## Projective Geometry - Lecture Notes Chapter 2

### 2.2 The theorems of Desargues and Pappus

Desargues' Theorem: In a projective space, two triangles are said to be perspective from a point if the three lines joining corresponding vertices of the triangles meet at a common point called the center. Two triangles are said to be perspective from a line if the three points of intersection of corresponding lines all lie on a common line, called the axis. Desargues' theorem states that if two triangles are perspective from a point then they are perspective from a line. The diagram, called a Desargues Configuration should make this clear.

This theorem is valid in the real projective plane. In other projective planes it may not hold universally, when it does the plane is called a Desarguesian plane. The converse of Desargues' theorem is also valid in any Desarguesian plane.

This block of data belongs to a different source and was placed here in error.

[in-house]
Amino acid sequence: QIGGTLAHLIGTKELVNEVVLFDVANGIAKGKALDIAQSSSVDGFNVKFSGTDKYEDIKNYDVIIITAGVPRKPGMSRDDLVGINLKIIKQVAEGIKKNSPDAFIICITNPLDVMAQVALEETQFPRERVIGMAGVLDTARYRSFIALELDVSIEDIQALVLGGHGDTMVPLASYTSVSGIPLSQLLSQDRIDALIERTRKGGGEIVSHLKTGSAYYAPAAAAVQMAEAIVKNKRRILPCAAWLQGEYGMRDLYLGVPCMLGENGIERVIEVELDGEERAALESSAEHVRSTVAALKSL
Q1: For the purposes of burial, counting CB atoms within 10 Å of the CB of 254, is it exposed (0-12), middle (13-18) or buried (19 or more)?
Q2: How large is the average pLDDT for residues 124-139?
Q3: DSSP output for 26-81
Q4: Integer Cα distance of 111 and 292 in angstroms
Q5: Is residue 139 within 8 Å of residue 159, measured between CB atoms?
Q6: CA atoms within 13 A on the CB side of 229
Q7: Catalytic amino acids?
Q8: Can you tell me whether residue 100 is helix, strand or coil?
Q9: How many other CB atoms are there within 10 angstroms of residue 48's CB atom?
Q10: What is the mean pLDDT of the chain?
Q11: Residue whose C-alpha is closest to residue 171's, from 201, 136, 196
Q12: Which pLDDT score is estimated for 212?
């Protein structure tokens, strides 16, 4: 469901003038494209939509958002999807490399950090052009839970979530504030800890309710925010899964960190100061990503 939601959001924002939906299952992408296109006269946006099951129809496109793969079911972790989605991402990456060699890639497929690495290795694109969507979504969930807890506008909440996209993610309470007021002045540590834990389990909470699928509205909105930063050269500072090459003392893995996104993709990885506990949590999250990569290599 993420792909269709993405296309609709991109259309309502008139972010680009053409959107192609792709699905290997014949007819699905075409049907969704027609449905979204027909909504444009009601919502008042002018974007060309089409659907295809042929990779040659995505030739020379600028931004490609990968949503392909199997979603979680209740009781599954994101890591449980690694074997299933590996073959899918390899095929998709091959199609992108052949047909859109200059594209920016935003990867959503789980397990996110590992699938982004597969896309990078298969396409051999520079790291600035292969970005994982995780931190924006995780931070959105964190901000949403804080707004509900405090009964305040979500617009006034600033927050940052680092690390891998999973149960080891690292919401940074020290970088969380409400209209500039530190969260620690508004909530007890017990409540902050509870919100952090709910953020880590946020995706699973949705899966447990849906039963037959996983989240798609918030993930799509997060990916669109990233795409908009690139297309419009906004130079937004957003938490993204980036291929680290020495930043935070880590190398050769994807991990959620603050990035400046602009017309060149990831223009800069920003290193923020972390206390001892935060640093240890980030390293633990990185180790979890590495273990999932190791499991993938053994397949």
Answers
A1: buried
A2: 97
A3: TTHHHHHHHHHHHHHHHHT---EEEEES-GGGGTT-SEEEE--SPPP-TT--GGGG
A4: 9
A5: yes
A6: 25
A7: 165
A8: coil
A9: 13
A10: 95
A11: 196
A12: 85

Theorem 2.2.1: Let V be a vector space of dimension d + 1 over a division ring F. Then the theorem of Desargues holds in P(V).

Pappus' Theorem: If points A,B and C are on one line and A', B' and C' are on another line then the points of intersection of the lines AC' and CA', AB' and BA', and BC' and CB' lie on a common line called the Pappus line of the configuration.

This theorem is valid in the real projective plane, but may not be valid universally in other projective planes. When it is universally valid, the plane is called a Pappian plane. Every pappian plane is also Desarguesian.

Theorem 2.2.2: Let V be a vector space over the division ring F. Then the theorem of Pappus holds in P(V) if and only if F is commutative (i.e., F is a field).

Theorem 2.2.3: (Hessenberg's Theorem) Let P be an arbitrary projective space. If the theorem of Pappus holds in P then the theorem of Desargues also holds in P.